you are residing in a besieged city, having lived
in your occupier's neighboring land for ten years
previously. You and your neighbors exchanged visits,
and their children were part of your family home.
You know the children's names and their favorite sweets.
You know the things that make them laugh. You and
they have shared experiences stored up for years.
one of these children is a soldier bearing arms against
you. When you meet him in the street wearing military
fatigues, you cannot call him by the name that brought
a smile to your face in former times because people
will consider you a collaborator with the oppressor.
He cannot talk to you for the equal and opposite reason;
his government will consider him a traitor or will
try to exploit his relationship with you. It is safest
to avoid eye contact when you happen to meet.
being in this situation. For some, it is a reality.
It is the reality for the middle school teacher I
met in Jenin recently, and for others like him. In
addition to Palestinians who have made their home
in Israel, many West Bank Palestinians have worked
in Israel for years. Their families would dine with
Jewish friends in Israel, and Israelis paid visits
to Palestinian friends in the Occupied Territories.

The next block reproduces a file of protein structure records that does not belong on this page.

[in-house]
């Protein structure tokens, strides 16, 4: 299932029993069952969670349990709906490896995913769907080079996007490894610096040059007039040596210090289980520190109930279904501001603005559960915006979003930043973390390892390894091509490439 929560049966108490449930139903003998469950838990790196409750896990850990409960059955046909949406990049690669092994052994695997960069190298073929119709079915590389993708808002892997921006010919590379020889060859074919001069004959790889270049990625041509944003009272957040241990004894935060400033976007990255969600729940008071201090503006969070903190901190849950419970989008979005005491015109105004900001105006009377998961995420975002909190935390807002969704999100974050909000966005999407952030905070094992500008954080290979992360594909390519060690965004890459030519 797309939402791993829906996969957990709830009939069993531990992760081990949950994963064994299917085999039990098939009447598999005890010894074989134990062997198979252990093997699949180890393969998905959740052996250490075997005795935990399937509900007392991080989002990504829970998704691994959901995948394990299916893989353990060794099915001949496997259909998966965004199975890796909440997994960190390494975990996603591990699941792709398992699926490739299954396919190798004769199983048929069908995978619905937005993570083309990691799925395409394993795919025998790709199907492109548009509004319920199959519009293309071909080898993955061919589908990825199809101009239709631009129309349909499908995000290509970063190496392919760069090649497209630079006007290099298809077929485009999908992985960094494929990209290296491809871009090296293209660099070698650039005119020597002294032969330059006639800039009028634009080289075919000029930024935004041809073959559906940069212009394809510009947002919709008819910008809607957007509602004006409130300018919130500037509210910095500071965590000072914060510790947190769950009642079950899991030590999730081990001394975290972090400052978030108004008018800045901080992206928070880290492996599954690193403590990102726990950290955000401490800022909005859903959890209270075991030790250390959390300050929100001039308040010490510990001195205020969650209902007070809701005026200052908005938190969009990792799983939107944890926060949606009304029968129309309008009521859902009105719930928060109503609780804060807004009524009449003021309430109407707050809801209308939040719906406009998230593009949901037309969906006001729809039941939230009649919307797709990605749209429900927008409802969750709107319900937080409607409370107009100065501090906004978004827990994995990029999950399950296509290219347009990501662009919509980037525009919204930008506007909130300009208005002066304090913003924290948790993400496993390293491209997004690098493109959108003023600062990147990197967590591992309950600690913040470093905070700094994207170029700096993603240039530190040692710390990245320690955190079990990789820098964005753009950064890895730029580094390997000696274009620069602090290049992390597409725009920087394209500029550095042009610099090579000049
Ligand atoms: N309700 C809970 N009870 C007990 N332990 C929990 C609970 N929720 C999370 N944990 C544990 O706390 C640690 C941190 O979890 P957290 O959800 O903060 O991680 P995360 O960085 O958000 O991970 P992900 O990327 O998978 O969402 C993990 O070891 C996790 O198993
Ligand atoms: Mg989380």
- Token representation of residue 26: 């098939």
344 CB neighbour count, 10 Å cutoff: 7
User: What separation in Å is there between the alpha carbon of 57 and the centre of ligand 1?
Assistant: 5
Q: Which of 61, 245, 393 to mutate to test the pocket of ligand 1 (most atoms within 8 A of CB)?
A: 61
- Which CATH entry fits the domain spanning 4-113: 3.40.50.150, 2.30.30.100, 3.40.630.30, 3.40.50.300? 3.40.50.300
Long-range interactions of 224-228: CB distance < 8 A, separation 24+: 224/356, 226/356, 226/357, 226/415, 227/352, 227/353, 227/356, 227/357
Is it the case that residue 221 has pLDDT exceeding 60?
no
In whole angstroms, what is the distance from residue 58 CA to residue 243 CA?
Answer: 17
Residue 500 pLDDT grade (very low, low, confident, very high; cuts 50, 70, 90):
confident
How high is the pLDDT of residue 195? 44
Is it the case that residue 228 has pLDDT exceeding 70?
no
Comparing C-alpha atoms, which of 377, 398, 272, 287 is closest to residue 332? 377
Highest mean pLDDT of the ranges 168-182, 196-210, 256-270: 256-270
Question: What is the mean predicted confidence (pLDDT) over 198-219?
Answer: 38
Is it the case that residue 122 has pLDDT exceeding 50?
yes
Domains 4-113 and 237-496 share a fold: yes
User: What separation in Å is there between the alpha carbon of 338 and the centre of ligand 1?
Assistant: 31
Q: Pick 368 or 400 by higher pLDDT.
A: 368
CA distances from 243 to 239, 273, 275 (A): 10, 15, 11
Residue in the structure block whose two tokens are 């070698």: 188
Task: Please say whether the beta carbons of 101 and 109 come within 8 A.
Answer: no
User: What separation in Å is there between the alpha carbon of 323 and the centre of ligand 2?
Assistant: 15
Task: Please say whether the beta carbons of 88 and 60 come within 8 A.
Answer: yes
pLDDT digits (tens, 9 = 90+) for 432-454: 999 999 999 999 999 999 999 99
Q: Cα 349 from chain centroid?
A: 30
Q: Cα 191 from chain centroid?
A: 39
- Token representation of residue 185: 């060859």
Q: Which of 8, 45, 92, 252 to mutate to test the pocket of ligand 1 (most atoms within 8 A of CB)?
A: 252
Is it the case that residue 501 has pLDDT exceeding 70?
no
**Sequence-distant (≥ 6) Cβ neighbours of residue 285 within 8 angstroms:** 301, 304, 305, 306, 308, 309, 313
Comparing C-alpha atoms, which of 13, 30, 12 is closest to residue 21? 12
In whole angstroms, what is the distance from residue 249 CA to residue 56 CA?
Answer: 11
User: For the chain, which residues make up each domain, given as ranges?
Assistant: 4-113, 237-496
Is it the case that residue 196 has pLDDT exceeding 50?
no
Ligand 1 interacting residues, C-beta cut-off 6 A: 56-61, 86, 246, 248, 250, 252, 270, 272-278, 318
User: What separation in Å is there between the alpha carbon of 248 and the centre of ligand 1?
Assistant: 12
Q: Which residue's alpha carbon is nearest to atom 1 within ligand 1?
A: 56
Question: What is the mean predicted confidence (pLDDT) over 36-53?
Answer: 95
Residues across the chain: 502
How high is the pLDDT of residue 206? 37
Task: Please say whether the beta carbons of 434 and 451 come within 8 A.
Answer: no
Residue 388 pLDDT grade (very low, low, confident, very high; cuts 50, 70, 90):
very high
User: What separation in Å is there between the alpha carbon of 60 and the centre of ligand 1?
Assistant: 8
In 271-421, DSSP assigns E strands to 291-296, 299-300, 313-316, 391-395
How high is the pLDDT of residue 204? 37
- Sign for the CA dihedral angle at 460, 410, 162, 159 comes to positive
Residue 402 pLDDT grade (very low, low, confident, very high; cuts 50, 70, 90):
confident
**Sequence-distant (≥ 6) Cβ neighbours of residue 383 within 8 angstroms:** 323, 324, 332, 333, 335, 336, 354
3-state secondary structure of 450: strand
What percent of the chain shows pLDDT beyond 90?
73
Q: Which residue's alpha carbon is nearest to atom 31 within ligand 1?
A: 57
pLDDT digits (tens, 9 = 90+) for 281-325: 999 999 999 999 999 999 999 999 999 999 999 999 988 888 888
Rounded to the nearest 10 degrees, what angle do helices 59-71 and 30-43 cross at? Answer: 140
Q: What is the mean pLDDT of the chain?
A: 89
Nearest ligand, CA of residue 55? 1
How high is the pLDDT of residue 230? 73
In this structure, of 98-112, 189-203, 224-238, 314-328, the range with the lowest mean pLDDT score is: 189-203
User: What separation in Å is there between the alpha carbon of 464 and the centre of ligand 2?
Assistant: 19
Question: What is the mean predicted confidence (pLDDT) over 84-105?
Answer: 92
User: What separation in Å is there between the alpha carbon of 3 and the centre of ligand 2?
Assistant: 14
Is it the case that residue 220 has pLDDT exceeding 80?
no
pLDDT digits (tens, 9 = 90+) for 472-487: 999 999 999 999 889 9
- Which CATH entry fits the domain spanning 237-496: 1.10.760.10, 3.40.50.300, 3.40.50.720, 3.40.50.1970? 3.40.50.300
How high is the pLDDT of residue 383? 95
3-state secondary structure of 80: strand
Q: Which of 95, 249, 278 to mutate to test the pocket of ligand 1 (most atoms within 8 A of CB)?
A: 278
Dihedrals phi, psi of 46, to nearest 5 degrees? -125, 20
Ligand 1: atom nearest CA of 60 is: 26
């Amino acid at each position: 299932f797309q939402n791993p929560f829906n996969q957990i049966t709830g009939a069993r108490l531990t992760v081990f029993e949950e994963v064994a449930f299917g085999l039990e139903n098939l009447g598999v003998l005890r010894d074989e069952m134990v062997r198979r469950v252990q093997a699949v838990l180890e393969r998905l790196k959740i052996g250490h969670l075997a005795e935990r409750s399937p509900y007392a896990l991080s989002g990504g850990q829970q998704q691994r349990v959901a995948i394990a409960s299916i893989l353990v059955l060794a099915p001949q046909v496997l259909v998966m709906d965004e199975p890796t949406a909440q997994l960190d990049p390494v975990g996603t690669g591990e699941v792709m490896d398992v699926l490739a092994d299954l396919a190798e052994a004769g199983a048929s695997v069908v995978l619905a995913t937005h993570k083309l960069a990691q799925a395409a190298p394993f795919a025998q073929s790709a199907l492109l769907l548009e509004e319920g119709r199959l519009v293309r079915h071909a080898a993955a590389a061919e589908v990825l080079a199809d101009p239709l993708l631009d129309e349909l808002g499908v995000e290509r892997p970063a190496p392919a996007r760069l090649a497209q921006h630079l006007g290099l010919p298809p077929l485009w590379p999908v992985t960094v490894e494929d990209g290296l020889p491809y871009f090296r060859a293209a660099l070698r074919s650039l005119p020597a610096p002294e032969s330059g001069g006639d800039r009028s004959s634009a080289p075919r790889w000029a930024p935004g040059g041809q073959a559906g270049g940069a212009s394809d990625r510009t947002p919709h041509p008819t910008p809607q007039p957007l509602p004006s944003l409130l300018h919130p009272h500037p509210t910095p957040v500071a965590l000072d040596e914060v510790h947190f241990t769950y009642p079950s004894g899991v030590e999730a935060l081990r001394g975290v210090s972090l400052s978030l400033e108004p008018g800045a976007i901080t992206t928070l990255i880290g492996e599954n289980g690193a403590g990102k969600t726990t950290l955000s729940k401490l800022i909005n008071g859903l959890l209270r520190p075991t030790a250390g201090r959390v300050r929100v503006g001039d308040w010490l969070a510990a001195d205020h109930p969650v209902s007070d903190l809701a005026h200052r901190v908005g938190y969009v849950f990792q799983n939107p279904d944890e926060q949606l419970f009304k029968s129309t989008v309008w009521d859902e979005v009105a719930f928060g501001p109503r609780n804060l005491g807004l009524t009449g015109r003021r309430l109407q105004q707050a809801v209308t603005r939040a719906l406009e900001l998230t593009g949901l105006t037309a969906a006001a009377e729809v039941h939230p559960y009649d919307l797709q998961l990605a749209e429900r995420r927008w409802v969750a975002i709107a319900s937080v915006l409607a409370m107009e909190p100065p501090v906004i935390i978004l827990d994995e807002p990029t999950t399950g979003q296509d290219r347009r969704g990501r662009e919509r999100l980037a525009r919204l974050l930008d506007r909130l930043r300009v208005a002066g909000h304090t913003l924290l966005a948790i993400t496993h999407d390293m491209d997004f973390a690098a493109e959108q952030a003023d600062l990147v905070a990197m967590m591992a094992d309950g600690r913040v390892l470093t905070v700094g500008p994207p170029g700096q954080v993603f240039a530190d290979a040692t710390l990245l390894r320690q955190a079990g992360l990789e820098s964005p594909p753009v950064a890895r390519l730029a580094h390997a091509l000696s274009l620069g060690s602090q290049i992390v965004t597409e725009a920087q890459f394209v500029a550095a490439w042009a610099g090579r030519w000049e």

Jewish Israeli shoppers frequented Palestinian cities
like Jenin where they found friendly service, lower
prices, and a continuity of welcome.
would it make you feel to see your former neighbor's
child bearing arms against you? Would it make you
feel angry? An energetic supporter of Palestine whose
solidarity is based on righteous anger can take a
page from the attitudes expressed by Palestinians
living here now. Understanding takes shape as you
expand your framework with great patience and increased
inclusiveness. Anger is a luxury for which few can
afford the price here.
you be willing to welcome joint economic activity
with Israelis, the loss of which is one of the biggest
concerns here? Would you be nonchalant about wearing
a teeshirt with Hebrew writing on it? Would you enthusiastically
belt out the Hebrew word for "okay/be-seder?"
Would you welcome a phonecall from an Israeli citizen
who is checking on your safety even as her government
has arrested your family members and locked you in
your home? People I meet here daily can answer "yes"
to these questions.
how would it make you feel to see your former neighbor's
child bearing arms against you?Would it make you feel
sad? Would it make you want to dispossess him of his
would it make you long for the day that you know will
come, when the soldier of the occupying Army, your
neighbor's child, puts down his weapon because it
has become obsolete? You are in harmony with the vast
majority of Palestinian voices if you align yourself
with this view.
my view seem one-sided to you? I am speaking from
where I am, in the reality of Jenin Refugee Camp in
the Occupied Palestinian Territories. I welcome another
voice from inside Israel. Bear in mind that there
is no Palestinian Army occupying Israeli territory,
nor are there overflights of Palestinian F-16 fighter
aircraft in Israeli skies, nor a single Palestinian
tank parked in front of any Israeli school.
you long for the day when your neighbor's child puts
down his weapon because it has become obsolete? You
are not alone. You are in good company. Let us work
for what we long for.
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